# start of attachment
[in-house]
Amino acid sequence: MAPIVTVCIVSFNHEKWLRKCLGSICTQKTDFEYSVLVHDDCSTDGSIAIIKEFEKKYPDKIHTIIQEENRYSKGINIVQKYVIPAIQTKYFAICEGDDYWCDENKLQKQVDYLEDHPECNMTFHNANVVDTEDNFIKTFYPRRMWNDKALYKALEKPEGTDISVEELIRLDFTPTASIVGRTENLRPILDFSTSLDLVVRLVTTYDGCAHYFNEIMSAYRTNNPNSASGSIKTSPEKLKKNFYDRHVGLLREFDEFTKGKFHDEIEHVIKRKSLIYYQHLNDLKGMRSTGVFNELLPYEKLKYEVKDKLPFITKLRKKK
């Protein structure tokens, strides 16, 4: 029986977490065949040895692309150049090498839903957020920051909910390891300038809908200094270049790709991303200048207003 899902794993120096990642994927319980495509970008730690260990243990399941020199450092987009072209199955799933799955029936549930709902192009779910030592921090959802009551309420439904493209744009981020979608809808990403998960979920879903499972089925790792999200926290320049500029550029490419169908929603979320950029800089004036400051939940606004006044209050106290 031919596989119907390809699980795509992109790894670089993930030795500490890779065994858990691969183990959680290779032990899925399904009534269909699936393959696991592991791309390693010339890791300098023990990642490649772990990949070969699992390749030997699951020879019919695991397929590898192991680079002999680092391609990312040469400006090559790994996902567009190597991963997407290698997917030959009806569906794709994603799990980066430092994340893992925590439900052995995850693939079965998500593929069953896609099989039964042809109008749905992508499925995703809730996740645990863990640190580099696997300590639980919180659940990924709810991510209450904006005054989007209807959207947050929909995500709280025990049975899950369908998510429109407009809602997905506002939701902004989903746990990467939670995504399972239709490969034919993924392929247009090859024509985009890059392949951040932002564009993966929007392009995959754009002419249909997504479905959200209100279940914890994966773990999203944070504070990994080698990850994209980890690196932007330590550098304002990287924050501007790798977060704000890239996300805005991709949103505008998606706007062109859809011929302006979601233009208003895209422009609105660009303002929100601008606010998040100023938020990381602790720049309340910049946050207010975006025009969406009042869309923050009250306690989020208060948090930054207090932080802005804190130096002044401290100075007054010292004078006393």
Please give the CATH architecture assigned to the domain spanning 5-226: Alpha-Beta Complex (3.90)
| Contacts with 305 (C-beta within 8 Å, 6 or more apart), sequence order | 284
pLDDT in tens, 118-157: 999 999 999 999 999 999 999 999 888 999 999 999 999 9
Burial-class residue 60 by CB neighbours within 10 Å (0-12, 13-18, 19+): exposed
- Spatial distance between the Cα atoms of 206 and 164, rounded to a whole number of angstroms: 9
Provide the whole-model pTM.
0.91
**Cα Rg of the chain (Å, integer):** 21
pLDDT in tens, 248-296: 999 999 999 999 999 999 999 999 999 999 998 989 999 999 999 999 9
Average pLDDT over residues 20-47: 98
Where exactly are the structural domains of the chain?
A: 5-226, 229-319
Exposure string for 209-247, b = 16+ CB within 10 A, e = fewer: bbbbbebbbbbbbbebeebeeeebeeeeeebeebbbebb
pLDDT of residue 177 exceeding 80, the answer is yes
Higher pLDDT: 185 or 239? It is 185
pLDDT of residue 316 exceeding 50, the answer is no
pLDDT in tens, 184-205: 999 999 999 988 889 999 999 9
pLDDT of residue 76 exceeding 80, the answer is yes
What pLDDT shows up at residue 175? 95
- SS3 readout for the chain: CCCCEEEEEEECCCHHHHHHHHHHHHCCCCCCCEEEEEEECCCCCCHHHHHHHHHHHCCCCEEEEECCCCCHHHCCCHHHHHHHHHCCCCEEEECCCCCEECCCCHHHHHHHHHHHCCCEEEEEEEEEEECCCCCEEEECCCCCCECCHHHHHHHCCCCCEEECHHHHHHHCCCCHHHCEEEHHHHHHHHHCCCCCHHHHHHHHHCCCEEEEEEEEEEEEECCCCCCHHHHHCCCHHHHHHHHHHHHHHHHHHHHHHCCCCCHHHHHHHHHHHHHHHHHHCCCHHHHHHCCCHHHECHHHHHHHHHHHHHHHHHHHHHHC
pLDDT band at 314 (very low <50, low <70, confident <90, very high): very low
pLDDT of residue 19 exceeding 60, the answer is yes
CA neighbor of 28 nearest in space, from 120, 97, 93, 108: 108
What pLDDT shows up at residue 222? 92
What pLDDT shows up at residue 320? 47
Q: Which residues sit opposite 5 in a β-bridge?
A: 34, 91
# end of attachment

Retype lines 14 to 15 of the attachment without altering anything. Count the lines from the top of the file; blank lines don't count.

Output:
Where exactly are the structural domains of the chain?
A: 5-226, 229-319